Washington Mutual Inc. took a significant step toward its goal of becoming a force in consumer finance, announcing Wednesday that it would buy Long Beach Financial Corp. for about $350 million.
"We've been interested in this segment of the business for a long time," said Craig Tall, an executive vice president at Wamu. "There's a real opportunity for us to become a significant national player" in subprime lending, he said.
Long Beach, one of the few remaining public home finance companies, would get $15.50 a share, a 25% premium to its stock price Tuesday.
The deal is expected to add to Washington Mutual's earnings immediately after its third-quarter closing.
Long Beach has a $2 billion servicing portfolio, and reported $6.5 million in earnings during the first quarter. It originated $752 million in loans in the quarter, mainly through its network of 12,500 brokers.
Washington Mutual picked up finance unit Aristar Inc. when it bought Great Western Financial Corp. in June 1998. Aristar makes unsecured loans and finances appliances through more than 400 offices nationwide.
Long Beach's management, track record, and avoidance of securitization made it attractive to Washington Mutual, Mr. Tall said. Long Beach sells off whole loans, rather than securitizing them like many of its peers, and therefore bypassed some of the hardship many subprime lenders experienced last year when the market for asset-backed securities collapsed.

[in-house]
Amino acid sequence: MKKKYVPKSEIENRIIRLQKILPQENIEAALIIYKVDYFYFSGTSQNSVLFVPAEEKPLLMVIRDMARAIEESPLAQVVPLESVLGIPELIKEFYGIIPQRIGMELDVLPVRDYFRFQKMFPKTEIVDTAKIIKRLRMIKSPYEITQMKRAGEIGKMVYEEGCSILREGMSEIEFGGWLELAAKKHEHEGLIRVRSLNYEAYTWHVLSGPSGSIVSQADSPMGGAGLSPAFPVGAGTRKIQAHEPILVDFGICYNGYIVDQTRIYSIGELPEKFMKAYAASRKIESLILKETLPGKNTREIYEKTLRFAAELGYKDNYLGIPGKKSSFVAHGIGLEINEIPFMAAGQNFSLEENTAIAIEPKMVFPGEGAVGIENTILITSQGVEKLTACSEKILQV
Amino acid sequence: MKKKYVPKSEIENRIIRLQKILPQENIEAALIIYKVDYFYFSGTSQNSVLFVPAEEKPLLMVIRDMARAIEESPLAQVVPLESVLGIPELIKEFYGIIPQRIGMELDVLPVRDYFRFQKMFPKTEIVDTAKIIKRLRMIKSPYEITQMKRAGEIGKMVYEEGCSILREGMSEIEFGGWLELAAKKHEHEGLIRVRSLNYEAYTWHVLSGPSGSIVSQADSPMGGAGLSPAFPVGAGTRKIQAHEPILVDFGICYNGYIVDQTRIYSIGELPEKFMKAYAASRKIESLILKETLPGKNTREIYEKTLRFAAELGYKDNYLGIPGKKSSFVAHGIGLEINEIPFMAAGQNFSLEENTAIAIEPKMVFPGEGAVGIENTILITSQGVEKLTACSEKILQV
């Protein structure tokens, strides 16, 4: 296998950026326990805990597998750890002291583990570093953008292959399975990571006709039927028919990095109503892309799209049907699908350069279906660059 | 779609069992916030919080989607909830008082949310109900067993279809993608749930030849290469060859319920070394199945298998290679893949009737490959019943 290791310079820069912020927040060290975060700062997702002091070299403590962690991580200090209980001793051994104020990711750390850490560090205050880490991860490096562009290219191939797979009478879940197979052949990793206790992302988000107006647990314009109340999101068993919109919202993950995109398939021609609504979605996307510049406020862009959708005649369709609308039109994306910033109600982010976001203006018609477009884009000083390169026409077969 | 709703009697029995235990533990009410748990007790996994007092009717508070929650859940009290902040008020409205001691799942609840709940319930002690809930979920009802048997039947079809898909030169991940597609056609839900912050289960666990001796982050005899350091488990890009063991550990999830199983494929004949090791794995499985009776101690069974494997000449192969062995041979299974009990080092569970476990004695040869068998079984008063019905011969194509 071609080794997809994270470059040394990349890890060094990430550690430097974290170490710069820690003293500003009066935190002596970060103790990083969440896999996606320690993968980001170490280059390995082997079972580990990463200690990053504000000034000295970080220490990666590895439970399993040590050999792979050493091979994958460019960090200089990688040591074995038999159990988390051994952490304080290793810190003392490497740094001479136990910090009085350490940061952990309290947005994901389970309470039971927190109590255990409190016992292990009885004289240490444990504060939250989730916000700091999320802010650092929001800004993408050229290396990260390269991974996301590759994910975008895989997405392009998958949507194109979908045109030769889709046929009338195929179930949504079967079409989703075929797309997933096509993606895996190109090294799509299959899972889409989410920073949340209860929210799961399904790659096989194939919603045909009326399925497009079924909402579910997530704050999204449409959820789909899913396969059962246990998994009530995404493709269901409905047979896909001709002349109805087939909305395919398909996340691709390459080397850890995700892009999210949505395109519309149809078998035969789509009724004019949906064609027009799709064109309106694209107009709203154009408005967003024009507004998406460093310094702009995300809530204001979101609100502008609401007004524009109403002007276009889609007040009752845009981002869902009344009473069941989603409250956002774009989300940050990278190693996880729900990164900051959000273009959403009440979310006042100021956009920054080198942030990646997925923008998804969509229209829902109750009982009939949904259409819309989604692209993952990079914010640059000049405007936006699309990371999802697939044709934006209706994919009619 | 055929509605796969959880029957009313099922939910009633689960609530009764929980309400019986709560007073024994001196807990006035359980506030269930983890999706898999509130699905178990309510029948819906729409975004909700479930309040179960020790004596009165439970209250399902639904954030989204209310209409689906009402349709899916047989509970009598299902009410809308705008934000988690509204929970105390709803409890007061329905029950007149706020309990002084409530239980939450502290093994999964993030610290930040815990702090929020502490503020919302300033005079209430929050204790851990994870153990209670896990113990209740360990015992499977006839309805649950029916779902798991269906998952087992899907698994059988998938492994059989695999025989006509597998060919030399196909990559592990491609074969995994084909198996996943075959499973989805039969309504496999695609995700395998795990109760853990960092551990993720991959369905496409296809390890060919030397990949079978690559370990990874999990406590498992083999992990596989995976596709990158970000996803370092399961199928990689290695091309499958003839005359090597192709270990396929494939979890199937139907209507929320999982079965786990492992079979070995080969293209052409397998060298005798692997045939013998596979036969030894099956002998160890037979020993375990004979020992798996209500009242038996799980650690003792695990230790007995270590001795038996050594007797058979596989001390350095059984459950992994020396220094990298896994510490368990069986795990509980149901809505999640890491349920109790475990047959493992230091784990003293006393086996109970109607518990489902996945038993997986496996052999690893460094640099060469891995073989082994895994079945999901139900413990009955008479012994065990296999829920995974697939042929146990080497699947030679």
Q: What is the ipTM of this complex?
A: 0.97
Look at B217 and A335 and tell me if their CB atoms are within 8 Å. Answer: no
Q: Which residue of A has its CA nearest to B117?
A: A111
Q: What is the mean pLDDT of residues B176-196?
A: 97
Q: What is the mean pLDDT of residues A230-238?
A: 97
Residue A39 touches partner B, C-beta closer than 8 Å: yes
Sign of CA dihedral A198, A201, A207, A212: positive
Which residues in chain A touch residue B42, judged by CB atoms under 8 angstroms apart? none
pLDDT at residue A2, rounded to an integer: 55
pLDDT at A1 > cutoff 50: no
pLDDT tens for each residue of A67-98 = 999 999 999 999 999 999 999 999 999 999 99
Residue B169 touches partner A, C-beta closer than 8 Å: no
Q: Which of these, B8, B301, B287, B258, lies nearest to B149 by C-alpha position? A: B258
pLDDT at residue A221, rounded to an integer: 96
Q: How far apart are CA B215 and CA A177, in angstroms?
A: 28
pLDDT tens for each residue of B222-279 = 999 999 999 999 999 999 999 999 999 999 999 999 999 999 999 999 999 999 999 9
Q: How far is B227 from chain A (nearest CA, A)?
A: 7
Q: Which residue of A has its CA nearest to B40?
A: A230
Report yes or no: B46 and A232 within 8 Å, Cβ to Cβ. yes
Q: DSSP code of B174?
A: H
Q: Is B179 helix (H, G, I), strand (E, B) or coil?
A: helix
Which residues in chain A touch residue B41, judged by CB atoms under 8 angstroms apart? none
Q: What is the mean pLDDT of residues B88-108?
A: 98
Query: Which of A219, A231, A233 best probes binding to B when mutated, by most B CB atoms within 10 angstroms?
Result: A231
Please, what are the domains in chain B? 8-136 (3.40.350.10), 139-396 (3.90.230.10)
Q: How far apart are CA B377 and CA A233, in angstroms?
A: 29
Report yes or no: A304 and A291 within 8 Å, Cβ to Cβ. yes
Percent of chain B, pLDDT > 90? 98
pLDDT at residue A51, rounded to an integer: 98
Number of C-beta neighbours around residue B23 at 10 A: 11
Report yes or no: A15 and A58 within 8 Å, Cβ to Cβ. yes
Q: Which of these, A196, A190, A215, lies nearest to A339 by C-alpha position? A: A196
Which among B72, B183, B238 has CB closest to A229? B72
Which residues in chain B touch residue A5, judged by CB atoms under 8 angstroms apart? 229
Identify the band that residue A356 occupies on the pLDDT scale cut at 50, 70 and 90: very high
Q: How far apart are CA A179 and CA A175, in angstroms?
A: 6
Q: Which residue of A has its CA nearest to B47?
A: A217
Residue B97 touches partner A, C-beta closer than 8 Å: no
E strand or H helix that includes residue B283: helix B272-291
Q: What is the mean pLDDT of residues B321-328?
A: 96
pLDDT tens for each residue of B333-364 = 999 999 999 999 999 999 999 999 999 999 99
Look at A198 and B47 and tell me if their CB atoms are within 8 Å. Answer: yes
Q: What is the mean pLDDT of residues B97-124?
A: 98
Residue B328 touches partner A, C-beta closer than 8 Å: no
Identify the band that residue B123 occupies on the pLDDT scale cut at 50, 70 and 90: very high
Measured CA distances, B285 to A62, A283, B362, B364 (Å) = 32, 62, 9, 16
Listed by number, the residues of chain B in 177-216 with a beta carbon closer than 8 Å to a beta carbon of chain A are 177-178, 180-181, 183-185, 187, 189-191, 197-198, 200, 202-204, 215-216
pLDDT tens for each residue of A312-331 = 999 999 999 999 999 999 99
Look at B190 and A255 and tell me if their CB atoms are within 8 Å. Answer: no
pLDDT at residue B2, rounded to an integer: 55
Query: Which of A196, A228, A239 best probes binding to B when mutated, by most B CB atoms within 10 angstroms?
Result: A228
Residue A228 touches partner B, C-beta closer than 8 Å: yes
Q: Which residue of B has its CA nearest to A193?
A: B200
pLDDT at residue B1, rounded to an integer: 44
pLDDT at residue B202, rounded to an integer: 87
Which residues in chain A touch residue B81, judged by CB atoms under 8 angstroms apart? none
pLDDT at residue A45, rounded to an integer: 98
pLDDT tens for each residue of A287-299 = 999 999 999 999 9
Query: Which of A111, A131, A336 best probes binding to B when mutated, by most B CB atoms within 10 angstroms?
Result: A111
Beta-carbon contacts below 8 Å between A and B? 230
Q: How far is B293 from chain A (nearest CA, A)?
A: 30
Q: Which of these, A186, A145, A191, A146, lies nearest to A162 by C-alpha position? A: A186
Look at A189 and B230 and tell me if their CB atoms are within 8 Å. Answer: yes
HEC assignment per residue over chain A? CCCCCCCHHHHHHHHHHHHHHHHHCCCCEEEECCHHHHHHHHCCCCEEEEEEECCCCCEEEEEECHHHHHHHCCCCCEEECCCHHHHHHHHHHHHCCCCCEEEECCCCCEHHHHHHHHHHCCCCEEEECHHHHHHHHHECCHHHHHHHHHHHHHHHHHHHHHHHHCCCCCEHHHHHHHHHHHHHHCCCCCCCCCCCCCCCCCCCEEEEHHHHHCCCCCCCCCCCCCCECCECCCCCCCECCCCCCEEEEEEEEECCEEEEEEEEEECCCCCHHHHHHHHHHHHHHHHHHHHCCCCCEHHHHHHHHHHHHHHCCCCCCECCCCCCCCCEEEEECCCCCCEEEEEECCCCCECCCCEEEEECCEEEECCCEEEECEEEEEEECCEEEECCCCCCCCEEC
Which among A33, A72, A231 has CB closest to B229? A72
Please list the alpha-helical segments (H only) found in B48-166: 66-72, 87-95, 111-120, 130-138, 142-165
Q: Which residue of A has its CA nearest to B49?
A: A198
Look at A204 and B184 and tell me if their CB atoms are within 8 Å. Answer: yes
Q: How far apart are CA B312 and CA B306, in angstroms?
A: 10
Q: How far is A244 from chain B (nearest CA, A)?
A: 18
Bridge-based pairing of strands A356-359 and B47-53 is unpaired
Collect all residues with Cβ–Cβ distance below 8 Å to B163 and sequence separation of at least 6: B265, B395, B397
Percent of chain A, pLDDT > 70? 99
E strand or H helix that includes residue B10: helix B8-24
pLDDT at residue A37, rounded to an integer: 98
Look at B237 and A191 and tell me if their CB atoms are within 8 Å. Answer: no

Companies that securitize loans are required use gain-on-sale accounting, which forces them to estimate incoming cash flow from these loans. The practice can lead to earnings volatility if the market for these securities tanks.
Long Beach will retain its Southern California headquarters, its name, and its entire staff, Wamu said.
"There's a tremendous opportunity for consolidation, and we can become the consolidator," said Jack Mayesh, chief executive of Long Beach, who said he plans to use Wamu's resources to make the unit the "dominant" subprime lender in the country.
Because Long Beach lends to customers with poor credit history, it charges higher rates than traditional mortgage lenders, and therefore earns higher profits.
"Long Beach loans earn about 400 basis points more than Wamu loans, while Wamu has better and cheaper funding sources," said Charlotte Chamberlain, a Jefferies & Co. analyst who called the deal an "excellent opportunity" for the thrift.
Though the deal is Washington Mutual's first step in what it says will be a major business, analysts noted that the two companies have a long way to go to capture a lead share in the nearly $200 billion subprime industry, or to go head-to-head with finance companies such as Associates First Captial Corp. of Dallas, or Household International Inc. of Prospect Heights, Ill.
"The transaction fits in with Washington Mutual's very broad and subtle indications" concerning their inclinations in consumer finance, said Michael Hodes, an analyst at Goldman, Sachs & Co., but "they are far from a big player."
Mr. Hodes said he will monitor the Long Beach transaction to "see where it leads."
Long Beach paid a $4 million settlement in 1996 after a Department of Justice investigation into predatory lending practices. Mr. Mayesh said the company has "very good relationships" with regulators after the settlement, and that he doubts there will be any opposition to the deal.